Nuclear deal with Iran sparks controversy

The deal states that Iran will maintain its nuclear program at civilian levels, while world powers will terminate years of sanctions against Tehran.


Khamenei said Iran’s direct talks with Washington were limited to the nuclear issue and that there can’t be any dialogue or deal with the US over other issues.

He said the deal to end development of nuclear weapons in exchange for lifting economic sanctions is an exception to Iran’s usual dealings with the United States.

While President Barack Obama has cast the vote on the proposed deal as a choice between diplomacy and war, Kerry’s comments reflect a fear that rejecting the agreement would leave the US isolated, in the dark about Iran’s actions and without options.

The campaign will launch this week with a 30-second TV advertisement highlighting the unprecedented inspections and monitoring of Iran’s nuclear and military sites under the agreement, along with more broadcast and print ads over the next 60 days.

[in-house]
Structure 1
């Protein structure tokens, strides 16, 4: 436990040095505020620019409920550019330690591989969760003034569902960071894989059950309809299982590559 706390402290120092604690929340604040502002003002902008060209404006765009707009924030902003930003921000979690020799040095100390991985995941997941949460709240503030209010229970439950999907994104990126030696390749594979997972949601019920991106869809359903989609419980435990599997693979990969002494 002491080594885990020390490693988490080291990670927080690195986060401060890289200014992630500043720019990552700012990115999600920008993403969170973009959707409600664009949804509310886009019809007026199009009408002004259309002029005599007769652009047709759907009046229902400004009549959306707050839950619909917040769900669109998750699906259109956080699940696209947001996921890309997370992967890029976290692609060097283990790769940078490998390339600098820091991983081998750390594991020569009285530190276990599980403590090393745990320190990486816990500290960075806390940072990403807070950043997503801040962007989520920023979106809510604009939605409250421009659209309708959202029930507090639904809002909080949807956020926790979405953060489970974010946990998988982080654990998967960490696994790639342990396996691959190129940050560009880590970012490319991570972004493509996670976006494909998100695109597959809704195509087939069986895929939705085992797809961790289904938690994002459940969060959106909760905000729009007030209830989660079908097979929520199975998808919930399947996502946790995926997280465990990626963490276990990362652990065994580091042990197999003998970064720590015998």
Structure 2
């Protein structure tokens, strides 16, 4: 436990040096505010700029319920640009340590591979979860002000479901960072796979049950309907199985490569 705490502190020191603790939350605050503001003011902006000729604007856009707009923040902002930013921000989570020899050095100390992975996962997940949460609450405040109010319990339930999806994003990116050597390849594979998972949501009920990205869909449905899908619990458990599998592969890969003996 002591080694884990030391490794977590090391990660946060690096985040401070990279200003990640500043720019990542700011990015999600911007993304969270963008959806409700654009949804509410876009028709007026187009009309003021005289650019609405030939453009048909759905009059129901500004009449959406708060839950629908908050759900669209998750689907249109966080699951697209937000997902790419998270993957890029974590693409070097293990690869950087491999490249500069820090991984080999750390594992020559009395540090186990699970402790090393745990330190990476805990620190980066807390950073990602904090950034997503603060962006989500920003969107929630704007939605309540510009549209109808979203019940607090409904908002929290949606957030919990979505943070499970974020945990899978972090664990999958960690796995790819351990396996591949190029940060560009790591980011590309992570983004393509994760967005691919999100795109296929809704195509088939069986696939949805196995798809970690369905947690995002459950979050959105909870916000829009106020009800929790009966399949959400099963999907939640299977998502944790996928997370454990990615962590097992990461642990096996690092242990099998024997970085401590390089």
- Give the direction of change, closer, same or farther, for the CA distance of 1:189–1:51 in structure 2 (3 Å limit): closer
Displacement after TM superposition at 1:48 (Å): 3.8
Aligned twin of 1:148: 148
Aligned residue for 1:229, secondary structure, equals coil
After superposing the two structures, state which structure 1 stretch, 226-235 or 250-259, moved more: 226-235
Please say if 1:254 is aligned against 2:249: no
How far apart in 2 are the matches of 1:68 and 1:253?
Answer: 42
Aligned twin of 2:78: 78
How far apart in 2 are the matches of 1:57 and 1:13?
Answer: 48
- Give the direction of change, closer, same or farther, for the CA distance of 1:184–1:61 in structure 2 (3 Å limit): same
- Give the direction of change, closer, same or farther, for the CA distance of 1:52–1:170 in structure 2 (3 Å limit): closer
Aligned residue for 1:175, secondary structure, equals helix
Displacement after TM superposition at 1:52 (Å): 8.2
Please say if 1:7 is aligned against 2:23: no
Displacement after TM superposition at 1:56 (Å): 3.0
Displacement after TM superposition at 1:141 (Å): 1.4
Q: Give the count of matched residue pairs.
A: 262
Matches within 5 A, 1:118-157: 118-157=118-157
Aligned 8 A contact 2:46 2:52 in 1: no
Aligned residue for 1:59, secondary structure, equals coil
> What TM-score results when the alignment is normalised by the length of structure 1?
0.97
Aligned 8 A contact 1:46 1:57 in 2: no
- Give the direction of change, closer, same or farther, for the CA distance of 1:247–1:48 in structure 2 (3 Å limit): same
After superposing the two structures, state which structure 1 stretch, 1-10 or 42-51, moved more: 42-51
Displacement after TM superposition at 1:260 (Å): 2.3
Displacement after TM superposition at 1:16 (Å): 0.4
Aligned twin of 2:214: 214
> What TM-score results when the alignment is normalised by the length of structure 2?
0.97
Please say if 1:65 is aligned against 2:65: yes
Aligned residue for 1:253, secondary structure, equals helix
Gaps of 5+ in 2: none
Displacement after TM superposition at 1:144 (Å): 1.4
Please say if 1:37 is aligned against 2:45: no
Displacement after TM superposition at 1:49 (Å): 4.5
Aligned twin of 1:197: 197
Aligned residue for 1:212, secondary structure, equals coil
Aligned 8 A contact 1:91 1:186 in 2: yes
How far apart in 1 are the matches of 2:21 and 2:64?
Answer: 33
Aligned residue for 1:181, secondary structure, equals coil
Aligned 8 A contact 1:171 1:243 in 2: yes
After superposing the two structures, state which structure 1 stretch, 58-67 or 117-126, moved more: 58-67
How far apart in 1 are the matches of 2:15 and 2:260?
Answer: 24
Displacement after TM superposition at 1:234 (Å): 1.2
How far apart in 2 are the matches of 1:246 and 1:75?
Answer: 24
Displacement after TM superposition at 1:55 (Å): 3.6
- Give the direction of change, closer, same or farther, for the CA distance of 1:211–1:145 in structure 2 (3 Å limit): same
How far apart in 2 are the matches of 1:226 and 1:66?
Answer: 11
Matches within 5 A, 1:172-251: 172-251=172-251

The Prime Minister said the landmark nuclear deal with Tehran that was signed this week in Vienna does not represent an alignment with Iran. “Now we’ve taken Iran away from a nuclear weapon, but said, “of course it’s acceptable to develop civil nuclear energy”.

Well acquainted with the criticisms heaped on the deal by U.S. republicans and Israel within 24 hours, the President chose the occasion to counter them strongly, saying the detractors of the deal never provided any feasible alternative.

Obama is willing to lift sanctions in spite of the fact that Iran is holding American hostages in it jails; threatening to annihilate Israel; and sponsoring Hezbollah and Hamas.

Finally, Sunni Arab nations are going to feel threatened by this deal and are going to try to get a nuke of their own.

The aim of the negotiations was on ensuring that “Iran could not get a nuclear weapon”.

Full diplomatic relations with Iran were suspended after a mob invaded the British embassy in 2011, but former foreign secretary William Hague past year announced plans to reopen it following improvements in bilateral relations. Yet Republicans are more likely to support the Iran deal (28%) than Democrats are to oppose (13%), and independents are narrowly in favor (38-31%) with 31% undecided.


Army General Martin Dempsey, chairman of the Joint Chiefs of Staff, told a congressional hearing last week: “Under no circumstances should we relieve pressure on Iran relative to ballistic missile capabilities and arms trafficking”.

Our view: Robust debate can follow Iran nuke deal